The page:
Osho on living in total insecurity


Osho : Total insecurity and the capacity to live in it are synonymous with enlightenment. So one who is not enlightened cannot live in total insecurity, and one who cannot live in total insecurity cannot become enlightened. These are not two things, they are just two ways of saying the same thing. So don’t wait until you have become enlightened to live in insecurity, no! Because then you will never become enlightened.

Start living in insecurity – that is the way towards enlightenment. And don’t think about total insecurity. Start from where you are. As you are you cannot be total in anything, but one has to make a start. In the beginning it will create anxiety, in the beginning you will feel miserable – but only in the beginning. If you can pass the beginning, if you can tolerate the beginning, the misery will disappear, the anxiety will disappear.

The mechanism has to be understood. Why do you feel anxiety when you feel insecure? It is not because of insecurity, but because of the demand for security. When you feel insecure you feel anxious, anxiety arises. It is not arising because of insecurity, it is arising because of the demand to make life a security. If you start living insecurely and don’t demand security, the anxiety will disappear when the demand goes. The demand is creating the anxiety.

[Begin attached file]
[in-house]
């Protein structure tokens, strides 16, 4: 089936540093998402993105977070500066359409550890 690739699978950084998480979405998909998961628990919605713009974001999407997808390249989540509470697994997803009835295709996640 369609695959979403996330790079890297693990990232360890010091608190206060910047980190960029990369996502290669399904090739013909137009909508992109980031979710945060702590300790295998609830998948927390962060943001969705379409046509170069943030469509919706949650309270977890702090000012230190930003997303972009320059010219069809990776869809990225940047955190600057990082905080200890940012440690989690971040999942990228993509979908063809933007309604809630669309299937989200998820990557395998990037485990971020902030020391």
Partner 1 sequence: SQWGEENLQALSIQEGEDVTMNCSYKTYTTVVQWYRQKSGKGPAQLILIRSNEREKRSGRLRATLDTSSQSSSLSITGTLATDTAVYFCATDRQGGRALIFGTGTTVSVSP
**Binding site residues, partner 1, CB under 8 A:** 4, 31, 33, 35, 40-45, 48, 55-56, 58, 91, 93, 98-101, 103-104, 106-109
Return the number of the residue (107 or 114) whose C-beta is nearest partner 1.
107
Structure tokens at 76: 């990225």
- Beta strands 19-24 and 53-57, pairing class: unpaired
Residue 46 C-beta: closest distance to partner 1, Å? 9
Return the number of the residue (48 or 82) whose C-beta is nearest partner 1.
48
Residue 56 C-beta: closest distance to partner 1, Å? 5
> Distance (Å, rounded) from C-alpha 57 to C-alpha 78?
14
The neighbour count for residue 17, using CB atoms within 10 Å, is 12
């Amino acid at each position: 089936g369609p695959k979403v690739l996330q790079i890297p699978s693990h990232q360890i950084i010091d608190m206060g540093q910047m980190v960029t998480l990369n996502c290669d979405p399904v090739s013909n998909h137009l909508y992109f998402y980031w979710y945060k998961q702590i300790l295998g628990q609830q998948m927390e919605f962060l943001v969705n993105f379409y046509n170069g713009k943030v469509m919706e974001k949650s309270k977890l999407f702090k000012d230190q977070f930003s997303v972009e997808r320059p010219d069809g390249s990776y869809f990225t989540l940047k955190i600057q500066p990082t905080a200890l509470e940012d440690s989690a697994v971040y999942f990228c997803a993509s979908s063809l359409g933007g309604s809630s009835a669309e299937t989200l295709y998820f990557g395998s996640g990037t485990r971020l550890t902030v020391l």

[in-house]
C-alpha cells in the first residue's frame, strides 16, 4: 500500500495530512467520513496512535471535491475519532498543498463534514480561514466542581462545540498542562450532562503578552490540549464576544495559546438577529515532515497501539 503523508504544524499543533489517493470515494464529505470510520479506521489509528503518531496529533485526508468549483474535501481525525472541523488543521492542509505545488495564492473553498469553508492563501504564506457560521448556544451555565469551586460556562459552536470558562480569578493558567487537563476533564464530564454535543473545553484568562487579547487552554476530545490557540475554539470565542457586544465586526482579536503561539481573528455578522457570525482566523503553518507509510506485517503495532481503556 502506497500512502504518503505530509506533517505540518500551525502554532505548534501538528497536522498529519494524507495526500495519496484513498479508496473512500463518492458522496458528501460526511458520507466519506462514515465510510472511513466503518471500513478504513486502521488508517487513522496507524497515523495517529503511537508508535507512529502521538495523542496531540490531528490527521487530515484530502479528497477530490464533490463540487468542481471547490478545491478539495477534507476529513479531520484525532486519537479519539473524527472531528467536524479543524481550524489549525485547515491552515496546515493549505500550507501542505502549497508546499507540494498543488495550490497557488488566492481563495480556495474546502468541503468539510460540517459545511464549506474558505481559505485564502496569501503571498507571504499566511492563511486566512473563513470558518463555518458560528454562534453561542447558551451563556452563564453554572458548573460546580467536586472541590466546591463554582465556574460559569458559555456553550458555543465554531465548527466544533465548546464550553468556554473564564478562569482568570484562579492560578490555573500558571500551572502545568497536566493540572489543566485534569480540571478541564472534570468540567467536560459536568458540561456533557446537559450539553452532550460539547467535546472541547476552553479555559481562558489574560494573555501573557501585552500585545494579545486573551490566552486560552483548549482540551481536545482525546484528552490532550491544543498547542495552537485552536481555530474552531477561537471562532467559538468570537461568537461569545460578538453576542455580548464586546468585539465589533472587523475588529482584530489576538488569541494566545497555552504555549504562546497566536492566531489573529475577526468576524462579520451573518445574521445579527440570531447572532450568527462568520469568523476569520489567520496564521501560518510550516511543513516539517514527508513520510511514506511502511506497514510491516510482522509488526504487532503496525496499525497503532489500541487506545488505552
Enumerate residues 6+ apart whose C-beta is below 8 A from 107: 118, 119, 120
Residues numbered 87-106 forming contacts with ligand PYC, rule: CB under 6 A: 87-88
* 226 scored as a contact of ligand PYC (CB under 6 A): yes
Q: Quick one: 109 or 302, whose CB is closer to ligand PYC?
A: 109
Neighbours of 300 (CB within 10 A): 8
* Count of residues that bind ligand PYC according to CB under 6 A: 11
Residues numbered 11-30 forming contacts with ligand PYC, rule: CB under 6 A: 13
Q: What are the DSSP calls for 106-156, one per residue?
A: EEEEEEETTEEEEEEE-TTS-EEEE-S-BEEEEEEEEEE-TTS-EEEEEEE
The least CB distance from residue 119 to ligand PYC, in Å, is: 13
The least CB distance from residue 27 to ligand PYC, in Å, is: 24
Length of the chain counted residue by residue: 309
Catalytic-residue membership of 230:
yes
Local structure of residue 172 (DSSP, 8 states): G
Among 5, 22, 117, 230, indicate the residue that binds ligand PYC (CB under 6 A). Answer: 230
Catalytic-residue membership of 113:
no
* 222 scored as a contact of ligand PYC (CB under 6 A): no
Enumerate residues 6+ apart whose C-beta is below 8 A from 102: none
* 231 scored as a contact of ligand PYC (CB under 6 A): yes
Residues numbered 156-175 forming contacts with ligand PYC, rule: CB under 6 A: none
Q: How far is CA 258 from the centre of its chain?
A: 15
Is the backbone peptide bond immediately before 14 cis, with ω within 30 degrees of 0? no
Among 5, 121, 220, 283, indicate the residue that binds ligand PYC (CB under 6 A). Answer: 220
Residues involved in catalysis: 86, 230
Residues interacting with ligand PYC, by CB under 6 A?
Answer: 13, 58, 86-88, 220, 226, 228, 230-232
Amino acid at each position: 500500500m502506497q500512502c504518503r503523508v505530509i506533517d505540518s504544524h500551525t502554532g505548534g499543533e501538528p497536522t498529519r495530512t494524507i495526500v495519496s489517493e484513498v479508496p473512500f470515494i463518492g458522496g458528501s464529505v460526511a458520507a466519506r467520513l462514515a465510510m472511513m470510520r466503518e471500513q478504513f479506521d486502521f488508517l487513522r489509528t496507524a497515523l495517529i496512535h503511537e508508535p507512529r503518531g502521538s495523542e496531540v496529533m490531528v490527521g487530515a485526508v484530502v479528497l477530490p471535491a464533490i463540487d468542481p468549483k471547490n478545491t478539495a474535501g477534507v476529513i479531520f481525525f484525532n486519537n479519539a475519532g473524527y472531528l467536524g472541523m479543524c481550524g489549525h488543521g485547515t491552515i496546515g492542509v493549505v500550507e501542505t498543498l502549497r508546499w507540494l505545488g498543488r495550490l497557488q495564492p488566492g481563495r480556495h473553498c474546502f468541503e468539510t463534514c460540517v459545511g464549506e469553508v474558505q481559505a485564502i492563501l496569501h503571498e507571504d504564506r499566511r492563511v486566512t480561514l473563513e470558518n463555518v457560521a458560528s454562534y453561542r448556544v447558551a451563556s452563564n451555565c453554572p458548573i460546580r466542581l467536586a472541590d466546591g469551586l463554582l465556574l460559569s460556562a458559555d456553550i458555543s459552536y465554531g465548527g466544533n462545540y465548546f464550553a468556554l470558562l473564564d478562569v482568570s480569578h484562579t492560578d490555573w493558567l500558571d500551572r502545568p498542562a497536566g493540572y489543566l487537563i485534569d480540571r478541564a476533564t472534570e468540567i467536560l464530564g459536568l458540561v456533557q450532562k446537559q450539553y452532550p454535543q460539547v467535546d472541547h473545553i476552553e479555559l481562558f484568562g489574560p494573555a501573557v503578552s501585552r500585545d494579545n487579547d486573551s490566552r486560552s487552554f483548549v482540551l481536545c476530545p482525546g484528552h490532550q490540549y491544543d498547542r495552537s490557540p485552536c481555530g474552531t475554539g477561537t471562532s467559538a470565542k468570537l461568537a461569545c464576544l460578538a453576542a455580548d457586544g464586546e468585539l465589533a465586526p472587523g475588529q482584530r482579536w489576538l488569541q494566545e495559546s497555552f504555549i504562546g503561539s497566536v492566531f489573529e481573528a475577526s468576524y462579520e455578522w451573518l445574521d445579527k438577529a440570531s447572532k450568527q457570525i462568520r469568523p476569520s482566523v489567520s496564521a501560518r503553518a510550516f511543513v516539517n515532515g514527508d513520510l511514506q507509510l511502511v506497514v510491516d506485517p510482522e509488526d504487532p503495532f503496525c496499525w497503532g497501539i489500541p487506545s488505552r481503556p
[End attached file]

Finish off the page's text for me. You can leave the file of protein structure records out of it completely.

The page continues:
Insecurity is the very nature of life. It is an insecure world for a Buddha; for a Jesus it is also insecure. But they are not anxious because they have accepted the fact. They have become mature enough to accept a reality. This is my definition of maturity and immaturity. A person I call immature is one who goes on fighting against reality for fictions and dreams. This man is immature. Maturity means coming to terms with reality, throwing away dreams, and accepting the reality as it is. Buddha is mature. He accepts.